So after the river card is turned and bets are made with a call from player 2 to player 1. Player 1 shows the cards and presents the winning hand. Player 2, who called the pot then says you win and just throws the cards in face down. Can player 1 ask to see player 2's cards since the pot was called and player 2 did not fold?
Casinos may have different house rules, but the "standard" rule is this: since the hand reached showdown, any player involved in the hand may ask that player 2's hand be shown. If anyone except player 1 asks, the dealer will pick up player 2's hand and make a show of touching it to the muck to emphasize that it is a dead hand, then show it.
If the ostensible winner, player 1, asks to see the hand, the dealer will make no such motion, the hand will be shown, and it will be live. Player 1 therefore asks to see the hand at his own risk.
The ostensible reason for this "all called hands may be shown" rule is so that players can protect themselves from collusion: player 3, for example, might suspect that player 2 mucked the winner after building a pot for player 1, his confederate. But players do abuse this rule, so it is not at all uncommon for casinos to restrict it, or for floormen to refuse in some situations.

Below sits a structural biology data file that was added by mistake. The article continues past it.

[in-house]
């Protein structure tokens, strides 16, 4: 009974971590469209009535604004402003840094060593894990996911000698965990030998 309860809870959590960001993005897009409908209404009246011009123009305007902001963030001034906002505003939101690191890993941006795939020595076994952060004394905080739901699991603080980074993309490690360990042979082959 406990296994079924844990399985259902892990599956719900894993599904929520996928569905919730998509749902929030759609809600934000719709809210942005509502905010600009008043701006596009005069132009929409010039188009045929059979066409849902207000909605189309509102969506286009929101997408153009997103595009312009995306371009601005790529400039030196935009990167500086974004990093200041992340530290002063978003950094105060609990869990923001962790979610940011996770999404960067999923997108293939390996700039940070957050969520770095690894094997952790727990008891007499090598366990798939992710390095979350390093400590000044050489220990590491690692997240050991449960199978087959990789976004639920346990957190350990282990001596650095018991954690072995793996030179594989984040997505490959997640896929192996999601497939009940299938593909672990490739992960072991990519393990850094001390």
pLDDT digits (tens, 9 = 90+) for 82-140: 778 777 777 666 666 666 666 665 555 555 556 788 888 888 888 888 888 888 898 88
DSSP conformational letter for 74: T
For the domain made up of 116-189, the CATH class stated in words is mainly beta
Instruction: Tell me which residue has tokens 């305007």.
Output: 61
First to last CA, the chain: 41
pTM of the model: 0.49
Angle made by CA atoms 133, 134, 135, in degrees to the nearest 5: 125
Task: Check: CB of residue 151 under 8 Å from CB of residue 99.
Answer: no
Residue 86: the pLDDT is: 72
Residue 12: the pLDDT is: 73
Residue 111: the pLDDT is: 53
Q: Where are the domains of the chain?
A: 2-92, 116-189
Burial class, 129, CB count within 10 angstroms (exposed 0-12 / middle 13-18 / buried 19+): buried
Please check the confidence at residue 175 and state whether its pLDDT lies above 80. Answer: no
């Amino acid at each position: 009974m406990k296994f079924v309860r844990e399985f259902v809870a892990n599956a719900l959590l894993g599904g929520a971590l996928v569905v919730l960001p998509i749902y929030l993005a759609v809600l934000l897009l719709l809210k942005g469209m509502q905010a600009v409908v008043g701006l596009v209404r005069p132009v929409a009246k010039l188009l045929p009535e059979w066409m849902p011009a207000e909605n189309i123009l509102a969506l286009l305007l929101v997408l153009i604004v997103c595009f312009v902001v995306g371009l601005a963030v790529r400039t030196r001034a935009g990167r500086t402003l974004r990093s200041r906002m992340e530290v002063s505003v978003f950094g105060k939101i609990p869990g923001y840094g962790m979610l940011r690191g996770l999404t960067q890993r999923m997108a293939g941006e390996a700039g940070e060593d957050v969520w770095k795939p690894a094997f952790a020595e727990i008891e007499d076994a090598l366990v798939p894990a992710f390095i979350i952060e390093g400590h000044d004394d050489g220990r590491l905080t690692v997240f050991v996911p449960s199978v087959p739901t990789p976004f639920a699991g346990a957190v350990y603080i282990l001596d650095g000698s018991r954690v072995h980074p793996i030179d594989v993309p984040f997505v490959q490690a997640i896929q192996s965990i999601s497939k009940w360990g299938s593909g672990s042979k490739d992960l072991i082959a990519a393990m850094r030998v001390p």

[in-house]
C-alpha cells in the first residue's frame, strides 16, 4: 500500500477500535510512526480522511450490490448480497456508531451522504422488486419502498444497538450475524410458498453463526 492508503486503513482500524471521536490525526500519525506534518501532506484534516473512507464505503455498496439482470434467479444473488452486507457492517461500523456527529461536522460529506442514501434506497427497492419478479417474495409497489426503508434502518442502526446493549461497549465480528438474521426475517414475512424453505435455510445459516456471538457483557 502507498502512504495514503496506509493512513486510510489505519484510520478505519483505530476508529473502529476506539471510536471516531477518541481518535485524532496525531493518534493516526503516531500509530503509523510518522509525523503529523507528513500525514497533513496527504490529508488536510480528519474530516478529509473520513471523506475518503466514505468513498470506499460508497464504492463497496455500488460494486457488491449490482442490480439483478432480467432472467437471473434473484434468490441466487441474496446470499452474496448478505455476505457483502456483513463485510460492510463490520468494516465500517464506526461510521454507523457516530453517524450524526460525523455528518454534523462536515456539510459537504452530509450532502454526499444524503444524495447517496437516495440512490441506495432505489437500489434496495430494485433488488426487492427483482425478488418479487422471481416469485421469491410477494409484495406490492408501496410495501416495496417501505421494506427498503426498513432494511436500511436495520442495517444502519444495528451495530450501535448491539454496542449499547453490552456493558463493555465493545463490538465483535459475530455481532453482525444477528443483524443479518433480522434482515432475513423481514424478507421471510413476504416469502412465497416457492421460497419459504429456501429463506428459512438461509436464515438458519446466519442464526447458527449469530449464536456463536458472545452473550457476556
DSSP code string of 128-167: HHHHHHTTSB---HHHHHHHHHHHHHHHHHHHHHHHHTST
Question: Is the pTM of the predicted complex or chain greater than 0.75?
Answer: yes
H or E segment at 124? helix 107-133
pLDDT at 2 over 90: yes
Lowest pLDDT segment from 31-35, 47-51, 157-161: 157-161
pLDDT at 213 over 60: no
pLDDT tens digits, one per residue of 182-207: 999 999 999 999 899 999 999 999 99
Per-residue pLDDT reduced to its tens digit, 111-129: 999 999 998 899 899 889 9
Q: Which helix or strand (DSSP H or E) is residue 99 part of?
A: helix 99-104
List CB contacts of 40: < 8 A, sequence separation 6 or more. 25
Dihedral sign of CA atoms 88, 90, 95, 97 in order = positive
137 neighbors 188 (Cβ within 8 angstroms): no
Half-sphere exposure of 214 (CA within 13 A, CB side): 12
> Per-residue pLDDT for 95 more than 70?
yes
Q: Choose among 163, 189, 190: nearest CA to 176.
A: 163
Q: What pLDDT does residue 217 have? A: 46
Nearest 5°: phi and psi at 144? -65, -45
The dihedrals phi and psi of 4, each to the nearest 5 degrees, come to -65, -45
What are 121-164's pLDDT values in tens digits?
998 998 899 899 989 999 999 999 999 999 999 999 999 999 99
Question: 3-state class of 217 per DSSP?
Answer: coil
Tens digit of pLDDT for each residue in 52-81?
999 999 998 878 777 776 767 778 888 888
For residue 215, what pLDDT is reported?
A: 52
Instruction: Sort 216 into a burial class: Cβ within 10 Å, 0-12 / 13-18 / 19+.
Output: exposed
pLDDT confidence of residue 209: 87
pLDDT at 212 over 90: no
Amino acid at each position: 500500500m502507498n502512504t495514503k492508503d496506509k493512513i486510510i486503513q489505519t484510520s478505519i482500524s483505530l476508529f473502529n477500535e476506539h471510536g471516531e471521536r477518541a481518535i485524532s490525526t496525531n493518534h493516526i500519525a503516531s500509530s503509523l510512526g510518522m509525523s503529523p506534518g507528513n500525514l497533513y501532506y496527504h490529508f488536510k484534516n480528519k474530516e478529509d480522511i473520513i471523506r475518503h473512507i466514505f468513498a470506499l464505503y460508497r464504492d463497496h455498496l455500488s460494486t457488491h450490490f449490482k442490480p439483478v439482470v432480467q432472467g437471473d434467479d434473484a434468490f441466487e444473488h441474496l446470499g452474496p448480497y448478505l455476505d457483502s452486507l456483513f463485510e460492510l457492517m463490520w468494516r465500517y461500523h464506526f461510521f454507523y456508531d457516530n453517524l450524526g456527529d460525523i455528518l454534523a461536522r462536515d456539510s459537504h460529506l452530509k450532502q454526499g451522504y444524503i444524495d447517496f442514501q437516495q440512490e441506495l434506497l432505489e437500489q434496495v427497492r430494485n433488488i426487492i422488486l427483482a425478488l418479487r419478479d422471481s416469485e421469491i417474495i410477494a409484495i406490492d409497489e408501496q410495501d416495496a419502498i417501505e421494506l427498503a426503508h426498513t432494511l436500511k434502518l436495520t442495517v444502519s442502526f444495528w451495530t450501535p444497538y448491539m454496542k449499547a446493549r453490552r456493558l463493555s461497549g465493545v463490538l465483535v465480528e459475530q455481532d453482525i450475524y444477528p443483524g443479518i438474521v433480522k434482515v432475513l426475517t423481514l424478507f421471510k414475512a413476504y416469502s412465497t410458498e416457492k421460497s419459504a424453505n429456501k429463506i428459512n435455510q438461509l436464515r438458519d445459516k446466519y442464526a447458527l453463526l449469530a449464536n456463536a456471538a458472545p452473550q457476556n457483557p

It varies from casino to casino. Typically, yes you do, although some rooms are moving away from that rule or are disallowing players from asking to see mucked hands, if they abuse the rule.
Primary source: Wikipedia poker showdown
From my experience, it is only enforced that the last aggressor must show first then the others may muck. In your scenario, player 2 would not be obliged to show.
Herb's source ( Wikipedia's 'Showdown (Poker)' ) implies that there can be reason to view a mucked hand if there is some suspicion of cheating or siding. Despite this,
"players do not have an inherent right to view mucked hands."
So It is not correct to say that this is a requirement.
As for your question:
Can player 1 ask to see player 2's cards...
Yes, player 1 can ask. But player 2 has no obligation to show their hand in this scenario; many players (myself included) will muck their losing hands to avoid disclosing information about their range and play to the other player(s). Otherwise you are unnecessarily just feeding them information that they could use against you.
If you call someone, you can ask to see their hand before deciding to muck or show yours (at cash). If someone calls you, then they can ask to see your hand before they muck or show.
The poker etiquette way is to both showdown at the same time, but this almost never happens.